A Case Not Made.

Alan C. Elms. Uncovering Lives: the Uneasy Alliance of Biography and Psychology. Oxford University Press, 1994. xi+315. $25.00.

From the opening manifesto that psychologists should "take hold of psychobiography," to the concluding chapter's discussions of research methods, ethical issues, and potential biographical subjects, Alan C. Elms's Uncovering Lives reads like a how-to primer for would-be psychobiographers. As a book addressed to other psychobiographers, Uncovering Lives is very instructive; what is less clear, however, is its interest to literary critics. Elms clearly is concerned with such questions of audience, since he quite frequently positions himself and the discipline of psychobiography as outsiders rejected by psychologists for being too "literary" and by the literary academy for being too reductive.

Clearly, however, Elms does imagine his book as being of interest to literary critics since one-third of the book's psychobiographical sketches are devoted to literary figures (the other two-thirds are devoted to psychological theorists and politicians). Significantly, as Elms notes, his creative artists are all "writers of the fantastic" and include John W. Campbell, Robert E. Howard, Cordwainer Smith, Jack Williamson, Isaac Asimov, L. Frank Baum, and Vladimir Nabakov. Although Elms's decision to choose fantasy and sf writers is clearly based on substantial knowledge of and appreciation for the genres, his explanation for the choice is a strange one indeed:

[Writers of realist fiction] as they try to keep at least one foot in the ordinary world, are necessarily guided a good deal of the time by the conscious ego. Writers whose bailiwick is in the future, or the off-Earth universe, or the world of faery, leave more room for the play of less-than-conscious forces. So the psychobiographical study of such writers may be, at least in some regards, more revealing than the study of realists and semi-realists. (106)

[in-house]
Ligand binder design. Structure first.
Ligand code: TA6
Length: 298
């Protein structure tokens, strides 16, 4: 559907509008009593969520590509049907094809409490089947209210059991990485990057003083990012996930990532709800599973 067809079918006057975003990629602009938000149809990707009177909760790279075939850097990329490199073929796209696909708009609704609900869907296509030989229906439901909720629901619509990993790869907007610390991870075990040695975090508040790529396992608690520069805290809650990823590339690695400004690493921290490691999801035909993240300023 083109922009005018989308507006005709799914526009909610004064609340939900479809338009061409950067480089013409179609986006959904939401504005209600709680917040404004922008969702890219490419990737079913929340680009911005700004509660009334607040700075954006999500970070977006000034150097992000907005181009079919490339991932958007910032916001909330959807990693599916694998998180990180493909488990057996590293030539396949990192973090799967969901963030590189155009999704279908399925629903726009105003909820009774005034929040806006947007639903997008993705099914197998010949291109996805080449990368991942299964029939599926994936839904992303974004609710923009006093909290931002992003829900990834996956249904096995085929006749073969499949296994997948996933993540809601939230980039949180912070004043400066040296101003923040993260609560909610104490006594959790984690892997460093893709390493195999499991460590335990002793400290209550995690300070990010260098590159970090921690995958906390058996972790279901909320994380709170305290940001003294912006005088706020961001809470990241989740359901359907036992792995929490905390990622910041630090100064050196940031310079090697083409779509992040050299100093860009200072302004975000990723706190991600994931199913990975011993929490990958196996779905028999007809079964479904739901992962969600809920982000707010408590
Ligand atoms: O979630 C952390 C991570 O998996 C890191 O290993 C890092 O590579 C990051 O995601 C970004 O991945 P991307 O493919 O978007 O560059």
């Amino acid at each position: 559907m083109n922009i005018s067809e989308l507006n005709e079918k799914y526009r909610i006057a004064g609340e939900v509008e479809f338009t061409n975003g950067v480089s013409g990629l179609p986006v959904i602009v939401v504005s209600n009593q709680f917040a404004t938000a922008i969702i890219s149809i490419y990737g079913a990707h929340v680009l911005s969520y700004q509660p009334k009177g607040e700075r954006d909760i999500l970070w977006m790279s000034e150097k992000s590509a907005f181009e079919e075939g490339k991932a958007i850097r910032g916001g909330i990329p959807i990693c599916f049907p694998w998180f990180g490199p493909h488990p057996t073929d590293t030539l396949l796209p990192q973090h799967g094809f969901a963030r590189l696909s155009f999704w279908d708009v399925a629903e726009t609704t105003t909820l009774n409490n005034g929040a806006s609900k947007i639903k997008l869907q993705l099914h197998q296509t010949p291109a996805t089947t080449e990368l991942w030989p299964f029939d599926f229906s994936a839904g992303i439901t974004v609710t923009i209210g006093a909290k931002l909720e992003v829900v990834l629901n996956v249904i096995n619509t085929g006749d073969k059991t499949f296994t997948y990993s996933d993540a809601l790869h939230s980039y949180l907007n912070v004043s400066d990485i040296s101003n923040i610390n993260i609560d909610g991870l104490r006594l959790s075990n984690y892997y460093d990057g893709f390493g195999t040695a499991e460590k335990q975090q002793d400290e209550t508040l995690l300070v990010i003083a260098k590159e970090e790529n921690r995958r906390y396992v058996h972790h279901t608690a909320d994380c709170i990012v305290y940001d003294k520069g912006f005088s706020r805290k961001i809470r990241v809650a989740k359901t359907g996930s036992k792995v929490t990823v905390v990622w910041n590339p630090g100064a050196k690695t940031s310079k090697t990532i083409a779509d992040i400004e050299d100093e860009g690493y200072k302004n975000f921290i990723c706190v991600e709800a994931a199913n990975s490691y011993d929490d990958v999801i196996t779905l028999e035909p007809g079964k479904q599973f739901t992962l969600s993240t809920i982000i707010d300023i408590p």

Elms's logic here is that sf and fantasy somehow afford writers more imaginative freedom and that with this freedom these authors are more likely to write fiction that reflects their individual psychologies. Elms obviously intends this as a valorization of sf and fantasy literature, and yet his account of why he is drawn to fantasy and sf writers as subjects for psychobiography is strikingly similar to a fairly conventional pathologization of these same writers. For example, in his discussion of Jack Williamson's psychotherapy, Elms cites the therapist's reaction to Williamson's writing: "the value of fantasy was constantly increasing many ways [Williamson] was ignoring reality in order to maintain this ever-increasing interest in [unrealistic] thinking" (124). Significantly, both Elms and Williamson's therapist argue that sf and fantasy allow authors to take leave of their "conscious ego." Moreover, as an understanding of artistic practice, Elms's distinction is also very unconvincing: is H.G. Wells more ego-bound when he writes Ann Veronica than when he writes The First Men in the Moon? It is hard to imagine why sf authors as such would be "more revealing" than any others.